The Varsity boat continued to grow faster over the course of the season. The Novices (now coached by graduate Russ Young) included many future Aztec greats including Kurt Bausback, Ed Ecker, Tom Riggs, and Craig Killman. And the Lightweights began to do some damage in the West, defeating Cal for the first time.
In 1981, an extraordinary group came together in the Varsity Heavyweight 8. Still Coxed by Teresa Hagman, it was stroked by Bill Lawson, with Carl Wallace at 7, John Barr at 6, Tom Riggs at 5, Ed Ecker at 4, Kurt Bausback at 3, Mark Leeds at 2, and Charlie Bradley in Bow.
There have been faster crews in Aztec history – measured on the stop watch – but this crew was the “winningest” crew ever.
They won the:
- Head of the Harbor Open 8 in the fall, the Reed Cup at the City Championships
- “B Flight” Varsity 8 at Opening Day in Seattle
- Cal Cup in front of thousands of fans on West Mission Bay
- Placed 2nd at the Western Sprints
Mark Leeds doubled up at several points in the season, as had Dan Williams before him, rowing in the engine room at #6 in the Lightweight Varsity, which again defeated Cal AT Cal on the Oakland Estuary as a part of the historic Cal-Washington dual meet.
The icing on the cake of the 1981 season occurred when the entire Lightweight program Varsity 8, JV 8, and Frosh 8 went to Philadelphia to race in the Dad Vail Regatta, the small college National Championships. While the two Varsity boats did remarkably well, the Aztec Freshmen won the National Championship for Lightweight Freshman 8s by open water!
The 1984 Varsity was the fastest San Diego State Crew of all time in its day.
They defeated every single W.I.R.A. crew by 9 seconds or more. They won the Head of the Harbor’s Open 8 in the fall, the Reed Cup at the City Championships, the Parker Cup against Irvine (for the first time ever) and Loyola-Marymount, and every dual meet that year. They came in a close third in the Petite Final of the Copley Cup at the Crew Classic, a scant 6 seats behind U.C.L.A.
By the end of the year in 1984, the racing in Sacramento at the Western Sprints (involving 30+ crews – as it still does today) was distilling down into two questions:
First, would Cal or Washington win the Gold Medal?
Second, could San Diego State win the Bronze medal – a first for a W.I.R.A. crew – by defeating U.C.L.A.?
In winning their heat on Saturday morning, the Aztecs defeated everyone by three boatlengths and more but they were the unfortunate victims of an “inappropriate” call by the officials.
The race course that year did not have buoys in a line the way it does today. Instead, those who were then developing the race course placed large “Hippity Hops” anchored in place each 250 meters. When an over-pull moved the Aztecs out of their lane (they were three lengths ahead of the crew in the lane that they “violated”), they were disqualified from the final, even though they clearly were the class of the field – defeating every crew by a substantial margin (our 8 was open water ahead of everyone after only the first 250 meters!).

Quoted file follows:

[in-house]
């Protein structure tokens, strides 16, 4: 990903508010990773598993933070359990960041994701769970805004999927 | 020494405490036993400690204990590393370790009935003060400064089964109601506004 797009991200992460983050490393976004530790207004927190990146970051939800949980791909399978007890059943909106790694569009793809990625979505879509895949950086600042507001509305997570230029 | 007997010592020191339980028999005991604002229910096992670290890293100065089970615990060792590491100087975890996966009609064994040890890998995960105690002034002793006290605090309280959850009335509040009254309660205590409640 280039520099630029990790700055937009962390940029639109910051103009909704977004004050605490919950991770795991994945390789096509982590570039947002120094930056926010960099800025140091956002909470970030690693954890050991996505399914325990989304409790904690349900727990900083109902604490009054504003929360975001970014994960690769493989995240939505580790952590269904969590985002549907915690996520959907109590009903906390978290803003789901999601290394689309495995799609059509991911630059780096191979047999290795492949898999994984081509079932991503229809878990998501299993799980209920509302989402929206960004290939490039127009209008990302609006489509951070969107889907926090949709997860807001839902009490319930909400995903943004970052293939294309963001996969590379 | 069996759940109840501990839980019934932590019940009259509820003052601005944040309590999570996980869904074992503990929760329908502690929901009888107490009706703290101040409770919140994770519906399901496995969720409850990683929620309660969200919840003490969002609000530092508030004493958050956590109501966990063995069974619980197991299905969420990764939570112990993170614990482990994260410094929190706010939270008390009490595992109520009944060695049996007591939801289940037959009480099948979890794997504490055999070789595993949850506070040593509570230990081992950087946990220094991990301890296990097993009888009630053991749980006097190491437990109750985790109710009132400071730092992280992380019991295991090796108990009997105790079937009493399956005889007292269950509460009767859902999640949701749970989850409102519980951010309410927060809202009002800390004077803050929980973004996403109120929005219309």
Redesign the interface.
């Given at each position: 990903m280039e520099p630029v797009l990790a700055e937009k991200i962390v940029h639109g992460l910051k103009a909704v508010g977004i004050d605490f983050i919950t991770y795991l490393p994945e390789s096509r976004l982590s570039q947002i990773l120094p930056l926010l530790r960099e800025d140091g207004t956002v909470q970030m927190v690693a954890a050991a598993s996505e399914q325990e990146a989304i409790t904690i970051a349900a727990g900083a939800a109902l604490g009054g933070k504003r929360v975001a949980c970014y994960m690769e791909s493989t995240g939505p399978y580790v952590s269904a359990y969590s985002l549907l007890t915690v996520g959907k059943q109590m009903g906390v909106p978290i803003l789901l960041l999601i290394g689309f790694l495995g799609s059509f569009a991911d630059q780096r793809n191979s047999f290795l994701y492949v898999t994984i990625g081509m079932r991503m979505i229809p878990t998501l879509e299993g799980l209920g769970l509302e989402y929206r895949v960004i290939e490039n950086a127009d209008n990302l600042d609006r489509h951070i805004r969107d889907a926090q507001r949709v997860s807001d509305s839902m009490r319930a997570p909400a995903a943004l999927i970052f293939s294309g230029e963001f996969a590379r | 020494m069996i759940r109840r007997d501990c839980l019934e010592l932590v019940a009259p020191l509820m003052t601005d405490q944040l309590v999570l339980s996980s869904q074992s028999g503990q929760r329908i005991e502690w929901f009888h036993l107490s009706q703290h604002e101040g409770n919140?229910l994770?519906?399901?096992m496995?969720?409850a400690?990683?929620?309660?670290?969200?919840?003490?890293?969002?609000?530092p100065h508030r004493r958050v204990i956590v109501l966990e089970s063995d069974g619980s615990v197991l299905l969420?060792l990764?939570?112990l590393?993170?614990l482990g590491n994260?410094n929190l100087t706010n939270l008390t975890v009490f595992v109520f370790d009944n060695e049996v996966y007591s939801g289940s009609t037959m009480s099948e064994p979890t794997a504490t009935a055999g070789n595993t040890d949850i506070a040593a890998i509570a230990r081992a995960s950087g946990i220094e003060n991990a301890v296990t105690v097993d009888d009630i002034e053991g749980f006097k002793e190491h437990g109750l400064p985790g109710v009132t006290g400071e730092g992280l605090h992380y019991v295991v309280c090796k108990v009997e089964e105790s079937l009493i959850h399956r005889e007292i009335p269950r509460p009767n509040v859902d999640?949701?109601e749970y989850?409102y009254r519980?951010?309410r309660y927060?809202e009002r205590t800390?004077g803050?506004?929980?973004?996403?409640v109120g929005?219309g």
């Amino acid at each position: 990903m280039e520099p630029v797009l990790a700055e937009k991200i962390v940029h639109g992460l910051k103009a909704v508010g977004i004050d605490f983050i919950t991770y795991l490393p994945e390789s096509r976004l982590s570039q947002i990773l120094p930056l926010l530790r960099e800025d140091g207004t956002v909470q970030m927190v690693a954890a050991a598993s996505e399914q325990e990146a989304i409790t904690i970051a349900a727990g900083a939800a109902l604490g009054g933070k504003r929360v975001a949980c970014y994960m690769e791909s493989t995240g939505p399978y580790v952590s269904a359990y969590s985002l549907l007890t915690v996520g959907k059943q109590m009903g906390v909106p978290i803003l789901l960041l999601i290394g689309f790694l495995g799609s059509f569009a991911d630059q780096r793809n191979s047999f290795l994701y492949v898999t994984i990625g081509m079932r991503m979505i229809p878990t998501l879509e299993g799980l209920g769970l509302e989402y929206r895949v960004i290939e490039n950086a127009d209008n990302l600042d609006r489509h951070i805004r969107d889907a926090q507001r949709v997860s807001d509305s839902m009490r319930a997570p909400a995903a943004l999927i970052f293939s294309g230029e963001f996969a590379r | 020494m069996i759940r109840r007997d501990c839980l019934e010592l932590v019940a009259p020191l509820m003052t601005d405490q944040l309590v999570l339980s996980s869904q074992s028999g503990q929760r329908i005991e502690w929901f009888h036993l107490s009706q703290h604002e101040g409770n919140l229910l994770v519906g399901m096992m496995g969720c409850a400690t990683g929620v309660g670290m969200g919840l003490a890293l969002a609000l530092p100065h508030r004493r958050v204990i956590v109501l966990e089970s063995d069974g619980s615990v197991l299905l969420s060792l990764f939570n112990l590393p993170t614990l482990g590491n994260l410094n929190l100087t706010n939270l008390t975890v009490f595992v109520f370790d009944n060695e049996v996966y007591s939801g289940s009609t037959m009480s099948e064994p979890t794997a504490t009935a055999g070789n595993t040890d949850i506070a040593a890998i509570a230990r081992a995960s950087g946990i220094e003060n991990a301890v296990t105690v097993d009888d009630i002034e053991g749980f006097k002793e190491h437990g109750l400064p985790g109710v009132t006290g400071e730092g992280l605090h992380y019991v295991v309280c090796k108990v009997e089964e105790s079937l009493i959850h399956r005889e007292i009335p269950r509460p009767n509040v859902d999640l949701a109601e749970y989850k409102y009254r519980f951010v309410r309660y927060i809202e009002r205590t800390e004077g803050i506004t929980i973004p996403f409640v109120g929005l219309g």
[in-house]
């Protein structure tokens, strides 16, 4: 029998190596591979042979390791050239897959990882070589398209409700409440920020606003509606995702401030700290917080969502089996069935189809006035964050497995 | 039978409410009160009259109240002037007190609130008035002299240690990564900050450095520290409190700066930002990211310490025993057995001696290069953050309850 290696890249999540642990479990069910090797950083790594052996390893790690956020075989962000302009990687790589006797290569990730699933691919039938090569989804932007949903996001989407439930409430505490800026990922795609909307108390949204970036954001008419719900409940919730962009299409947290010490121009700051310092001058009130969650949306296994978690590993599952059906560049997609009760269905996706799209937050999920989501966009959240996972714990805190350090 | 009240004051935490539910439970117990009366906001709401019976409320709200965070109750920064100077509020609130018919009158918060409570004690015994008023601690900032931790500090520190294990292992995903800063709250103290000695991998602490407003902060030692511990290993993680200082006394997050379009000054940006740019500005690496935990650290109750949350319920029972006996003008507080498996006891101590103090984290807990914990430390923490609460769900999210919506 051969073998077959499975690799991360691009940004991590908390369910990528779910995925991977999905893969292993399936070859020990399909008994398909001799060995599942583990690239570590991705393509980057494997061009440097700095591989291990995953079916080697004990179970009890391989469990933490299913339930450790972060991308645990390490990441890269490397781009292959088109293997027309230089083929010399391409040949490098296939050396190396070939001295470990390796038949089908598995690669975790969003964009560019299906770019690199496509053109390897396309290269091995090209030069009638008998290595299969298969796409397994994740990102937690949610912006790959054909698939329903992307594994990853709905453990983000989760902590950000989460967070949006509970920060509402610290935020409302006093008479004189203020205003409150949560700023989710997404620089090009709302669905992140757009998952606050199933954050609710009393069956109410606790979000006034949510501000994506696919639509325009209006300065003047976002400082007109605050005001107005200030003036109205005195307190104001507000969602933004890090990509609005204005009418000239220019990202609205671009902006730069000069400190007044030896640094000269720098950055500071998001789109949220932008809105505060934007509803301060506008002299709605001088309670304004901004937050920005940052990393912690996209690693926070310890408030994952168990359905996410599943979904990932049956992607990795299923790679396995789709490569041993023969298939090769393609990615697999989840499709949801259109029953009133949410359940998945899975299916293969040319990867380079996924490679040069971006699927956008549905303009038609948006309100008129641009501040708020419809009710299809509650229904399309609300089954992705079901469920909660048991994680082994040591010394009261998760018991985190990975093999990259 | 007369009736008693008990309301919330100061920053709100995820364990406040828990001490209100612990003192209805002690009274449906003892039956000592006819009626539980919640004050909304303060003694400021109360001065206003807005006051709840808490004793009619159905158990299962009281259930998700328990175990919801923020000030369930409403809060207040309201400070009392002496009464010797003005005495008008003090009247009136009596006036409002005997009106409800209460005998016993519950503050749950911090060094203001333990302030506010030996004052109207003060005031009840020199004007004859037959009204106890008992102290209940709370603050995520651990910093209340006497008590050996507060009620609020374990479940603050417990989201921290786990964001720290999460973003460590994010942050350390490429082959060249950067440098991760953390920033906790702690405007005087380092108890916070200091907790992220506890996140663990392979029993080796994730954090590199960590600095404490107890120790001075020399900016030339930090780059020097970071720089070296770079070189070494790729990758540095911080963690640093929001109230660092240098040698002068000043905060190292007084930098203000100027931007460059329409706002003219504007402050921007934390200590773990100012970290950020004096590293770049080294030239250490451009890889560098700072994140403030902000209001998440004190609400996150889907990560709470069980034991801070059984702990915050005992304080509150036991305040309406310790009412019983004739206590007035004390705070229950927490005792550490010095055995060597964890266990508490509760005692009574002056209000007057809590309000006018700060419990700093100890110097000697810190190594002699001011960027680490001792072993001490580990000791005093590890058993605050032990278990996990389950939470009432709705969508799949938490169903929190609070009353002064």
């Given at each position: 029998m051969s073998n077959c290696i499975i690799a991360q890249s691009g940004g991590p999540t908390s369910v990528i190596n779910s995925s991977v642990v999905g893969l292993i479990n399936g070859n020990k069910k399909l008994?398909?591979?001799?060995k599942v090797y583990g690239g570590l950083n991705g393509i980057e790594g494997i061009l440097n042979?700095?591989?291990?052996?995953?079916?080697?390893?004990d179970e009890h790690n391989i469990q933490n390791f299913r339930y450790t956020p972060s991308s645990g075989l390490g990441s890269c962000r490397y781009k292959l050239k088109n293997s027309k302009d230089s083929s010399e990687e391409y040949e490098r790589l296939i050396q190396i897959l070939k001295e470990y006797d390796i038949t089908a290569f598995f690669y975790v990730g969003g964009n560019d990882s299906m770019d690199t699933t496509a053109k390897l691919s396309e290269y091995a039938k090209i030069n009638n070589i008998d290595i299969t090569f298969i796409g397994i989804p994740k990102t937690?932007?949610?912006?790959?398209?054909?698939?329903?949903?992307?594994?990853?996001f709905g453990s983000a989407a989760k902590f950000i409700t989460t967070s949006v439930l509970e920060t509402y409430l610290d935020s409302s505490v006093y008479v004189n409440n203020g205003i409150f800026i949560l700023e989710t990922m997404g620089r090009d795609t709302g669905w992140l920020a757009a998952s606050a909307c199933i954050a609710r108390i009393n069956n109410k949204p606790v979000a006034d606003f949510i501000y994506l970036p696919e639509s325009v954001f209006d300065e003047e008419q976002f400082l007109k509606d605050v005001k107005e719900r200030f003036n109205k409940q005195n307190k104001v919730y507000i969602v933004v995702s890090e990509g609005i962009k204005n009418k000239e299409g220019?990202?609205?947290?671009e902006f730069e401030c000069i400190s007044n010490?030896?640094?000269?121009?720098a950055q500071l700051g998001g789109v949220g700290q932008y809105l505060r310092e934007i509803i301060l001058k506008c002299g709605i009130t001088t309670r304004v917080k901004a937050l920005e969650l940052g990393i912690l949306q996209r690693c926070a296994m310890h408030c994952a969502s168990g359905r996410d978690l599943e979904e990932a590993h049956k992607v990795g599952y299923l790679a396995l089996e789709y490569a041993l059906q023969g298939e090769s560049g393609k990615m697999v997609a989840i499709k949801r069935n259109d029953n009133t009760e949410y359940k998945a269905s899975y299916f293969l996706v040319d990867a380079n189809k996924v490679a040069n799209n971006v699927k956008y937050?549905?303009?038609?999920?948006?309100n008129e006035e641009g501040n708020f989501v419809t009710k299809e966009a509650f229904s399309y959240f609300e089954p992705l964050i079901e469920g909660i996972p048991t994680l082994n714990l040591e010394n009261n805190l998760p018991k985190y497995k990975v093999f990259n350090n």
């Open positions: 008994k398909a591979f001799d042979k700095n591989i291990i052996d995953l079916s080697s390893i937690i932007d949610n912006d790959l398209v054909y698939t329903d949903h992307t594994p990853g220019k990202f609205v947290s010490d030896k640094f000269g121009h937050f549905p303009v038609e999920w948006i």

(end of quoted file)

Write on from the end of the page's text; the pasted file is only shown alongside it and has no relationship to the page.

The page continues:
And so, this most successful of years ended without the chance for the long awaited race against U.C.L..A. In the crew were J.J. Jinguigi, Craig Killman, Leif Olsen, Brian Webster, Scott Diener, Gregg Buckley, Claude Hooten, Scott Petry, and Ken Kerry.
The Lightweight 8 of 1984 lost to Washington in the Finals of the Western Sprints in Sacramento, in a seat-for-seat, down to the last stroke race in front of a roaring crowd. It would be just one year later that the Lightweights defeated everybody at Sacramento, went back East to defeat Yale, ended up the season ranked 5th in the country, and went on to race at the Henley Royal Regatta!
By that time, the team had expanded out in every direction and was turning in championship level performances all across the board.
The Lightweights continued their run of West Coast supremacy, and defeated Washington, Cal, and everybody else on the West Coast at Sacramento in 1985. That crew went on to race back East, defeating Yale for the first time ever, and finished the season off with a trip to England to race in the Royal Henley Regatta.
That very same year, the team won the over-all points championship (for the fourth year in a row) in Sacramento at the State College and University Championships. The Aztec Novice dominated that regatta in ’85. Our first Novice 8 won the Gold Medal there, and the second Novice 8 won the Silver.
The following Aztecs have earned positions on United States Rowing teams:
|Steve Estes||’77||World Champs||Light Spare||Amsterdam, The Netherlands|
|’82||World Champs||Light 8||Lucerne, Switzerland (7th)|
|Brian Lewis||’79||World Champs||Light 8||Bled, Yugoslavia (2nd)|
|Tim Watenpaugh||’79||Pan Am Games||4-||San Juan, Puerto Rico (2nd)|
|Allan Miller||’81||World Champs||Light 8||Munich, Germany (5th)|
|Tom Bowman||’81||World Champs||Light 8||Munich, Germany (5th)|
|Doug Perez||’81||World Champs||Lt. 4- Coach||Munich, Germany (9th)|
|Marisa Giangrasso-Barge||’82||Canadian Henley||W. Light 8||World Record Time|
|Kurt Bausback||’83||Pan Am Games||4+||Caracass (GOLD)|
|’84||European Tour||Various||Multiple Regattas|
|’85||World Champs||8||Hazewinkle, Belgium (3rd)|
|’86||World Champs||4+||Nottingham, U.K. (3rd)|
|’86||Good Will Games||4+||Moscow (2nd)|
|’87||Pan Am Games||8||Indianapolis (GOLD)|
|’88||Olympic Games||2-||Seoul, Korea (9th)|
|Scott Erwin||Pan Am Games|
|Aaron Pollock||’91||World Champs||2+||Vienna|
|’92||Olympic Games||2+||Barcelona (8th)|
|Tom Hartley||’90||World Champs||Lt. 4-||Tasmania (7th)|
|’91||World Champs||Lt. 8||Vienna (3rd)|
|’92||World Champs||Lt. 8||Montreal (7th)|
|Scott Petry||’87||World Champs||Lt. 8||Copenhagen (3rd)|
|Garrett Klugh||’99||World Champs||4+||St. Catherines (GOLD)|
|’00||World Champs||4+||Zagreb, Yugoslavia (2nd)|
|’01||World Champs||4-||Lucerne, Switzerland (4th)|
|’02||World Champs||8||Seville, Spain (3rd)|
|’03||World Champs||4-||Milan, Italy (7th)|
|’04||Olympic Games||4-||Athens (20th)|
If you have info or photos to share please send an email to SDSUMensRowing@gmail.com